Latest Container Port Performance Index Assesses Gaps and Opportunities

The Container Port Performance Index (CPPI) 2021 is produced by World Bank and S&P Global Market Intelligence. The purpose of the Index is to identify gaps and opportunities for improvement for global trade stakeholders that include “governments, shipping lines, port and terminal operators, shippers, logistics companies and consumers.” According to the report, “the ranking is based on time vessels needed to spend in port to complete workloads over the course of 2021 and is based on total port hours per ship call, defined as the elapsed time between when a ship reaches a port to its departure from the berth having completed its cargo exchange. Greater or lesser workloads are accounted for by examining the underlying data within ten different call size ranges. Five distinct ship size groups are accounted for in the methodology given the potential for greater fuel and emissions savings on larger vessels.”

It is recognized that Maritime transport “is the backbone of globalized trade and the manufacturing supply chain.” The report states that more than four-fifths of global merchandise trade (by volume) is carried by sea with a significant portion carried in containers (35 percent of total volumes and more than 60 percent of commercial value). Furthermore, container ports are critical to global supply chains and to the growth of emerging economies.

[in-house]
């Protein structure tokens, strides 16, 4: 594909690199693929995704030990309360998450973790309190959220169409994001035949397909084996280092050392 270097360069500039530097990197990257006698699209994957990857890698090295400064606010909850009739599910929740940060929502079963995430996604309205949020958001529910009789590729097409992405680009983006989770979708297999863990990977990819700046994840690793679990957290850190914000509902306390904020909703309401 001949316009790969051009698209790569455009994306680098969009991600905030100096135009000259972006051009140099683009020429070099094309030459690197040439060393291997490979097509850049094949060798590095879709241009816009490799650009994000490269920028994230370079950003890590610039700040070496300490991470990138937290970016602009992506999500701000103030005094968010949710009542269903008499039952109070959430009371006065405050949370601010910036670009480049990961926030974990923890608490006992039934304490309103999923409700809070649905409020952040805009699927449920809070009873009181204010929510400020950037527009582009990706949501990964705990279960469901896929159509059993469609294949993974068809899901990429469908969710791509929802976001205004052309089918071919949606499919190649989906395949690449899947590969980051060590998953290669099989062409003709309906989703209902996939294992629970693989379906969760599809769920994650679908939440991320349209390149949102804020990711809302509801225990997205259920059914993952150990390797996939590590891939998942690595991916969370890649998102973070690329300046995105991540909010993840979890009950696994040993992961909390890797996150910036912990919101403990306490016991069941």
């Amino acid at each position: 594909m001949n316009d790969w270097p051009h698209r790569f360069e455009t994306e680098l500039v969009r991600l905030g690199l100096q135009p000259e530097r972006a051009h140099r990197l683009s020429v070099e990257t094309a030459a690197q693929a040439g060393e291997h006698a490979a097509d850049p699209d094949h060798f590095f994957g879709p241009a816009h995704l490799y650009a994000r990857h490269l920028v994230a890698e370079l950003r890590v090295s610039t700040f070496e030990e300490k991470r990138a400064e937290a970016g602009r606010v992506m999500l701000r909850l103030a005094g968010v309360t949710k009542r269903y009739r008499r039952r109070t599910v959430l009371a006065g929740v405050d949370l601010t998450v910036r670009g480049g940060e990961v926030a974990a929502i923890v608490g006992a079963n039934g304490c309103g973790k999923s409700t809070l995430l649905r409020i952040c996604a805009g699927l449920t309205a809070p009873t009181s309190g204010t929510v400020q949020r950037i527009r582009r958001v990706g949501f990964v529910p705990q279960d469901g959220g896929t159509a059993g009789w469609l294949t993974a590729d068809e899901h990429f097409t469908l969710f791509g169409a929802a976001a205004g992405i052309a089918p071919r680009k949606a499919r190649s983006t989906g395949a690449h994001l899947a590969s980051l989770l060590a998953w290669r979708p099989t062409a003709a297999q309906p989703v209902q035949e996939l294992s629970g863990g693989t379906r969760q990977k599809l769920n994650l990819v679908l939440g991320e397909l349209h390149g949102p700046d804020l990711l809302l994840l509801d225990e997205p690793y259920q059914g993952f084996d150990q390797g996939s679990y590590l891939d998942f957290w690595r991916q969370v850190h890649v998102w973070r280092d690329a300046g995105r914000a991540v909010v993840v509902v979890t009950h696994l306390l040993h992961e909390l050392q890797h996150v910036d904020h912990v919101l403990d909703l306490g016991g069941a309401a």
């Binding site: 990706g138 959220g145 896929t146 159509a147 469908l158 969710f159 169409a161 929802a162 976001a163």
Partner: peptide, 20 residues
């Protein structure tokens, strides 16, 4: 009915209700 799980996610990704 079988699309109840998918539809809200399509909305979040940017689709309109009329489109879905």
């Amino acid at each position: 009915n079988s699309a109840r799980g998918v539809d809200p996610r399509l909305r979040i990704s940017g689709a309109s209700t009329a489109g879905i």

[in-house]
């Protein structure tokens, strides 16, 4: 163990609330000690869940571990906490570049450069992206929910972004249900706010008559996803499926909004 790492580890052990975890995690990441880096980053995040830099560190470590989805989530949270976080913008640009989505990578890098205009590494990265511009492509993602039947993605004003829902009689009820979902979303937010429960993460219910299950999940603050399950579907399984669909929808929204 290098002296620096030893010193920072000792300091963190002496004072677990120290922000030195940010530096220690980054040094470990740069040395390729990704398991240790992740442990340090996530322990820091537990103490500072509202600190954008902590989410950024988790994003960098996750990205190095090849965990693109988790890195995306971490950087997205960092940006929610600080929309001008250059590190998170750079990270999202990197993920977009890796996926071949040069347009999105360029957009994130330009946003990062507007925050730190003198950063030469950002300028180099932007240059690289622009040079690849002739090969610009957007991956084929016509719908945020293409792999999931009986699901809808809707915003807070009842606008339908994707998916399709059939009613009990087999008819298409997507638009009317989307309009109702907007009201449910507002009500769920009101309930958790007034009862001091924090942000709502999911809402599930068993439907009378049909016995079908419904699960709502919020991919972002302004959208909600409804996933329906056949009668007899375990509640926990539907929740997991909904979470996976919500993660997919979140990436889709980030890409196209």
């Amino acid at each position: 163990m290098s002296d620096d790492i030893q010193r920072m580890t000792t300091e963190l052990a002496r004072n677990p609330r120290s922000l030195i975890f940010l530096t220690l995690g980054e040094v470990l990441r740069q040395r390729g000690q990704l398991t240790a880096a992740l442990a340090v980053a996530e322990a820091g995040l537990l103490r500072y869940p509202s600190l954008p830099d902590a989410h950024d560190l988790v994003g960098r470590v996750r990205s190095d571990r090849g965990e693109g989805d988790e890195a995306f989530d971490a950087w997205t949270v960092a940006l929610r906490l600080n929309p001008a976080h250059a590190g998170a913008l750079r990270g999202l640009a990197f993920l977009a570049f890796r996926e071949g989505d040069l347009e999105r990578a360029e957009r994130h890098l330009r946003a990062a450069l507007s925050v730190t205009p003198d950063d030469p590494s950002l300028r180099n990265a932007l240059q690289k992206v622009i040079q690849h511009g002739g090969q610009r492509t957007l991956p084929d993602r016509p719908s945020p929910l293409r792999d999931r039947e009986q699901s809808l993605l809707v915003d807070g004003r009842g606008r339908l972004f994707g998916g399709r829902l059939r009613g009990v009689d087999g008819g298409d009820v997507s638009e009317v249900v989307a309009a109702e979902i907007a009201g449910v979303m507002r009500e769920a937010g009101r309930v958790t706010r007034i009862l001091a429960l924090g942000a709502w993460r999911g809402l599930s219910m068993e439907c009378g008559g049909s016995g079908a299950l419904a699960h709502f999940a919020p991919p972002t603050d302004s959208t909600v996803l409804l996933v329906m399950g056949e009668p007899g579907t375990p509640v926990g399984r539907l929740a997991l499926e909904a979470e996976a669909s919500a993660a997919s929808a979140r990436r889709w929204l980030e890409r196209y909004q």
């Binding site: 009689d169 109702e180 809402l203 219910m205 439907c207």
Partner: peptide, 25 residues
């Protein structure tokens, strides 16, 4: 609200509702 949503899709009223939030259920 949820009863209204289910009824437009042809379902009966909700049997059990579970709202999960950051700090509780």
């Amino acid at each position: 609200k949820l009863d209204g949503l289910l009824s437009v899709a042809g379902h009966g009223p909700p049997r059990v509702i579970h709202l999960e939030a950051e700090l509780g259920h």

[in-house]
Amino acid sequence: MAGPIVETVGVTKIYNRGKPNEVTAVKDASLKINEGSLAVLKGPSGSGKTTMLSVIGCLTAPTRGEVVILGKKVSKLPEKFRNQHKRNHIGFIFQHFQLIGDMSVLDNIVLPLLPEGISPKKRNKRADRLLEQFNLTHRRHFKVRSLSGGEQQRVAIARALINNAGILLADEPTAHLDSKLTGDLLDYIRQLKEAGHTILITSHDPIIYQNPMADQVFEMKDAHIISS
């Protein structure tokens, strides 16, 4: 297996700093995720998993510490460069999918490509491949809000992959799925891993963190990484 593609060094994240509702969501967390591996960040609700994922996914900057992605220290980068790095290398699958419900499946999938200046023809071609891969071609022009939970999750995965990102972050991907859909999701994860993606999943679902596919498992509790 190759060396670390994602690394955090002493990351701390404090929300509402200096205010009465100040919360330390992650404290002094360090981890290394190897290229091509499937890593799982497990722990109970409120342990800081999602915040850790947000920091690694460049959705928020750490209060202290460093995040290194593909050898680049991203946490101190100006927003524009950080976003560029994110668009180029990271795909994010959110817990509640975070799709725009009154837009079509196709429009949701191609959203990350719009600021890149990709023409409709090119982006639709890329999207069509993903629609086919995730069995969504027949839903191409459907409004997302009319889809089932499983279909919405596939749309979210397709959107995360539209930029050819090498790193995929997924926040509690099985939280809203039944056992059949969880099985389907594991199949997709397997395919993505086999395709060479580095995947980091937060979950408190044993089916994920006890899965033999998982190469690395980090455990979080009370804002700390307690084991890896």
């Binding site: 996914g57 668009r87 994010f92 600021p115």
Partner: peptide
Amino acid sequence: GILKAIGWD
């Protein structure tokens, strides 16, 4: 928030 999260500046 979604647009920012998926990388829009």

The data used for the CPPI is from S&P Global’s Port Performance Program. The CPPI 2021 utilizes two different methodological approaches, an administrative/technical, approach, which reflects expert knowledge and judgment, and a statistical approach, using factor analysis.

The two highest ranked container ports are King Abdullah Port (Saudi Arabia) and the Port of Salalah (Oman). Here are the top 25 ports ranked.

Chart image and parts of text credit: The World Bank, 2022. “The Container Port Performance Index 2021: A Comparable Assessment of Container Port Performance.” World Bank, Washington, DC. License: Creative Commons Attribution CC BY 3.0 IGO.

Port Image by Julius Silver from Pixabay 

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